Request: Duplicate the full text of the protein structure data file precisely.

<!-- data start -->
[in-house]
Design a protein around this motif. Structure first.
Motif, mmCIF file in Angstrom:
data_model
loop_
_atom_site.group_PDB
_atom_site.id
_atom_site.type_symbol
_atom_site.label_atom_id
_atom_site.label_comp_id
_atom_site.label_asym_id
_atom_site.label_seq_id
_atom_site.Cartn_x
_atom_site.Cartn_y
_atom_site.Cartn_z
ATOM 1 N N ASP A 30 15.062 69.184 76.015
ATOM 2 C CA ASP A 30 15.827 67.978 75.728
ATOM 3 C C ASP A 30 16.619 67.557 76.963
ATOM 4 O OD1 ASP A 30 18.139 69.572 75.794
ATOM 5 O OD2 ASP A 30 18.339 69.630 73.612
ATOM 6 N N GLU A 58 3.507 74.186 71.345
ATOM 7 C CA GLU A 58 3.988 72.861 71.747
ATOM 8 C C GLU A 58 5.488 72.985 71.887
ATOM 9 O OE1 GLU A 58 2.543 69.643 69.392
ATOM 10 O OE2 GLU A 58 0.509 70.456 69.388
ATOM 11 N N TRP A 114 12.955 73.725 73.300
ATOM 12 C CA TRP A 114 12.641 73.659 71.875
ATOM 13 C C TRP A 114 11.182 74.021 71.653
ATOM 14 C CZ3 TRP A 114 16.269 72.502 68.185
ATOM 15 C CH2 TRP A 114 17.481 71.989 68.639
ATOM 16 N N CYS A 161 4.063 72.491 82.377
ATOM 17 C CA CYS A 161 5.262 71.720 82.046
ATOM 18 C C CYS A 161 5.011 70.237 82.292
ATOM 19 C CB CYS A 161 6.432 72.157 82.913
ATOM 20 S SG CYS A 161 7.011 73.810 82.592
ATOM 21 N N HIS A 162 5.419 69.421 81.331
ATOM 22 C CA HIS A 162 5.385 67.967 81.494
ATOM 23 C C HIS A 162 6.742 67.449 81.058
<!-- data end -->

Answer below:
[in-house]
Design a protein around this motif. Structure first.
Motif, mmCIF file in Angstrom:
data_model
loop_
_atom_site.group_PDB
_atom_site.id
_atom_site.type_symbol
_atom_site.label_atom_id
_atom_site.label_comp_id
_atom_site.label_asym_id
_atom_site.label_seq_id
_atom_site.Cartn_x
_atom_site.Cartn_y
_atom_site.Cartn_z
ATOM 1 N N ASP A 30 15.062 69.184 76.015
ATOM 2 C CA ASP A 30 15.827 67.978 75.728
ATOM 3 C C ASP A 30 16.619 67.557 76.963
ATOM 4 O OD1 ASP A 30 18.139 69.572 75.794
ATOM 5 O OD2 ASP A 30 18.339 69.630 73.612
ATOM 6 N N GLU A 58 3.507 74.186 71.345
ATOM 7 C CA GLU A 58 3.988 72.861 71.747
ATOM 8 C C GLU A 58 5.488 72.985 71.887
ATOM 9 O OE1 GLU A 58 2.543 69.643 69.392
ATOM 10 O OE2 GLU A 58 0.509 70.456 69.388
ATOM 11 N N TRP A 114 12.955 73.725 73.300
ATOM 12 C CA TRP A 114 12.641 73.659 71.875
ATOM 13 C C TRP A 114 11.182 74.021 71.653
ATOM 14 C CZ3 TRP A 114 16.269 72.502 68.185
ATOM 15 C CH2 TRP A 114 17.481 71.989 68.639
ATOM 16 N N CYS A 161 4.063 72.491 82.377
ATOM 17 C CA CYS A 161 5.262 71.720 82.046
ATOM 18 C C CYS A 161 5.011 70.237 82.292
ATOM 19 C CB CYS A 161 6.432 72.157 82.913
ATOM 20 S SG CYS A 161 7.011 73.810 82.592
ATOM 21 N N HIS A 162 5.419 69.421 81.331
ATOM 22 C CA HIS A 162 5.385 67.967 81.494
ATOM 23 C C HIS A 162 6.742 67.449 81.058